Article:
- log in
Posted by Rick Holland on February 11, 2014
sdfasdfaasdfThe #Forrester Security & Risk team is hiring. We are looking for consultants to join our team bit.ly/M9gWS5 #infosecasdfasdasdfasdddsadfas
We are now less than two weeks away from our annual sojourn to the RSA security conference. RSAC is a great time for learning, meeting and making friends. (Please hold cynical remarks; RSAC is what you make of it.) As the date grows near and my excitement grows, I am preparing my mind and patience for the ubiquitous silver bullet marketing that is predestined to appear.
One of these silver bullets will be the term "actionable intelligence." You will be surrounded by actionable intelligence. You will bask in the glory of actionable intelligence. In fact, the Moscone expo floor will have so much actionable intelligence per capita you will leave the conference feeling like the threat landscape challenge has been solved. Achievement unlocked, check that off the list. Woot!
Well not so fast. I frequently talk to vendors that espouse the greatness of their actionable intelligence. Whenever I hear the term actionable intelligence I want to introduce them to Terry Tate, Office Linebacker. Terry Tate first appeared in a 2003 Reebok Super Bowl commercial.
The SANS Institute was gracious enough to invite me back to speak at their annual Cyber Threat Intelligence Summit. On Monday, I presented a “Threat Intelligence Buyer’s Guide” to the attendees, and the topic of actionable intelligence was a key component. Some of you may know that I come from both a higher education incident response and military intelligence background. Now I am far removed from each discipline, but I do draw on my experiences when I discuss threat intelligence. In, “Five Steps To Build An Effective Threat Intelligence Capability,” we referenced the Army FM2-0 document. This document contain qualities of good intelligence. Building upon that, when I think about actionable intelligence, here are the characteristics I expect to see:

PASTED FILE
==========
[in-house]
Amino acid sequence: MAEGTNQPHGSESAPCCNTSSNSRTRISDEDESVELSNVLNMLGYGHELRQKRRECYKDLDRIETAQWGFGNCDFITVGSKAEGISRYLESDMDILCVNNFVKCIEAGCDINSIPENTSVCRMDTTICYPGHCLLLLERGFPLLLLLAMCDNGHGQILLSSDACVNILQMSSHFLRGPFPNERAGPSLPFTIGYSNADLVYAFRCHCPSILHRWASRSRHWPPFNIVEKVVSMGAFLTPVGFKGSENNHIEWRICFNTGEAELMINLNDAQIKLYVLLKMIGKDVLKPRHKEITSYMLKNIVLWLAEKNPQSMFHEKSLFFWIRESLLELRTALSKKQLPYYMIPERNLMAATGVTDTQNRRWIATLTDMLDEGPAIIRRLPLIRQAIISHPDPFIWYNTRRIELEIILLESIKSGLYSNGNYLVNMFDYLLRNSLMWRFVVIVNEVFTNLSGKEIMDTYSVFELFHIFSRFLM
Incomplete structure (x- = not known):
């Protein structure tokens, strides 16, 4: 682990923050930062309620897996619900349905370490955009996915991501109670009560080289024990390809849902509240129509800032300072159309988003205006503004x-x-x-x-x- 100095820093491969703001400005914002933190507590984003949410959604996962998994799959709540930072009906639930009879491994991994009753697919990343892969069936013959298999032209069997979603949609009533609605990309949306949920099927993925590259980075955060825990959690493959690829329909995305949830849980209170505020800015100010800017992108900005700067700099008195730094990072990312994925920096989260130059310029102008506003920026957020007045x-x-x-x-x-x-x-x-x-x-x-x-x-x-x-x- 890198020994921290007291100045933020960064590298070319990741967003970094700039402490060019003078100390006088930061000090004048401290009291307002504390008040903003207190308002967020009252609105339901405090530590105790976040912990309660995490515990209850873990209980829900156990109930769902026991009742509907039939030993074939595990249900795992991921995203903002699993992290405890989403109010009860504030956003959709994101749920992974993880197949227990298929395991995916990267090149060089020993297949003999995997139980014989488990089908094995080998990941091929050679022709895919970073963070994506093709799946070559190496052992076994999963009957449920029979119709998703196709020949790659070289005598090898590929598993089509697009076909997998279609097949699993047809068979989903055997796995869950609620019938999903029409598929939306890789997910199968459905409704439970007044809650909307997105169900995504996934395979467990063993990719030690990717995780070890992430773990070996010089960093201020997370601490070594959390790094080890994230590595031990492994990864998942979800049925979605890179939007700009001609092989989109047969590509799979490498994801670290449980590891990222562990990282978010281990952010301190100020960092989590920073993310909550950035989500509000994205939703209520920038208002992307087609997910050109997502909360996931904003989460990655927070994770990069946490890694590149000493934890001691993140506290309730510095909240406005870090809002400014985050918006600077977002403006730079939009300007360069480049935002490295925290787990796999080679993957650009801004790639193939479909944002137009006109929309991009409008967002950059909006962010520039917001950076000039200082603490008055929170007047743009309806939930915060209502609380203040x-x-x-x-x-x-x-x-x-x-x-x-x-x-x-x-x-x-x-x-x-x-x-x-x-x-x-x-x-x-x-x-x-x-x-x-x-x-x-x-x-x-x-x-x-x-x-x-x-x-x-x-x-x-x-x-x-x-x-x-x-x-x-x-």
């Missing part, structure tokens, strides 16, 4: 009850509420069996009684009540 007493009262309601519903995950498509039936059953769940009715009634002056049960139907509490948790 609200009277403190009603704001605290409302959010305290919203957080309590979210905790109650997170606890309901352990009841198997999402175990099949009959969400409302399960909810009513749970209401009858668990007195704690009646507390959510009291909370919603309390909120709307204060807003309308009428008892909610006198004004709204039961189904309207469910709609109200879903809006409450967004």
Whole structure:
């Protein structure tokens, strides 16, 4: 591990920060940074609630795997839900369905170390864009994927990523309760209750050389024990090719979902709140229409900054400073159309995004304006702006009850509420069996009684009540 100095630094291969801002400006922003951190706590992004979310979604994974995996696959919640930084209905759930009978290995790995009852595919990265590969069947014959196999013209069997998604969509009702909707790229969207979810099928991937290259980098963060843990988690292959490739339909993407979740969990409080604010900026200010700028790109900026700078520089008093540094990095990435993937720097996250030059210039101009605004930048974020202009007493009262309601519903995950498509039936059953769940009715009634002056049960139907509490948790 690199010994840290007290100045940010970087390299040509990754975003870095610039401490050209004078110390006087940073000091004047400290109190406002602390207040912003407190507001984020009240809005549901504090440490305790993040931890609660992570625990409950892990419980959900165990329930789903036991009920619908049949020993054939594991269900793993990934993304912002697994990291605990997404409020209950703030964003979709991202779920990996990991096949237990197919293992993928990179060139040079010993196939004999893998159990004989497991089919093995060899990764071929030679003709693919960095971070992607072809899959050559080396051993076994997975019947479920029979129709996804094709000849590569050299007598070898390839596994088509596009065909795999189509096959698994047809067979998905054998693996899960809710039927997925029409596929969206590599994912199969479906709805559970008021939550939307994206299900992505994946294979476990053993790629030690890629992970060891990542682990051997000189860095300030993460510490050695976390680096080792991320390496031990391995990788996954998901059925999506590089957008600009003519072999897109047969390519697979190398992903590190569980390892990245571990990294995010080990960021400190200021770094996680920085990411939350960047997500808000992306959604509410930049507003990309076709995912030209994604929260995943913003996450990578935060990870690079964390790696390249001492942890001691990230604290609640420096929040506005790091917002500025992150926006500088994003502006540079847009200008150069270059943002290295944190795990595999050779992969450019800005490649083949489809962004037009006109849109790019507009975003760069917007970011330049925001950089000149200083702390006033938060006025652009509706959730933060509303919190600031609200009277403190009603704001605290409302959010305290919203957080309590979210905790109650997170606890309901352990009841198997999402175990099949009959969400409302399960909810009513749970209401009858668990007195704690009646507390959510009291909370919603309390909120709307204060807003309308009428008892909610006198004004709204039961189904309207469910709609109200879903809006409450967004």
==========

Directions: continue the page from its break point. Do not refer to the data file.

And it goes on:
- Actionable intelligence is ACCURATE. This assumes that an organization measures the efficacy of their intelligence sources. In many cases this doesn’t happen. Do you measure your intelligence sources? How often does a source get hits within your environment? What type of experience do your peer organizations have with a particular intelligence source? Are you talking to the IR/intel teams of your peers? You should compare notes with them.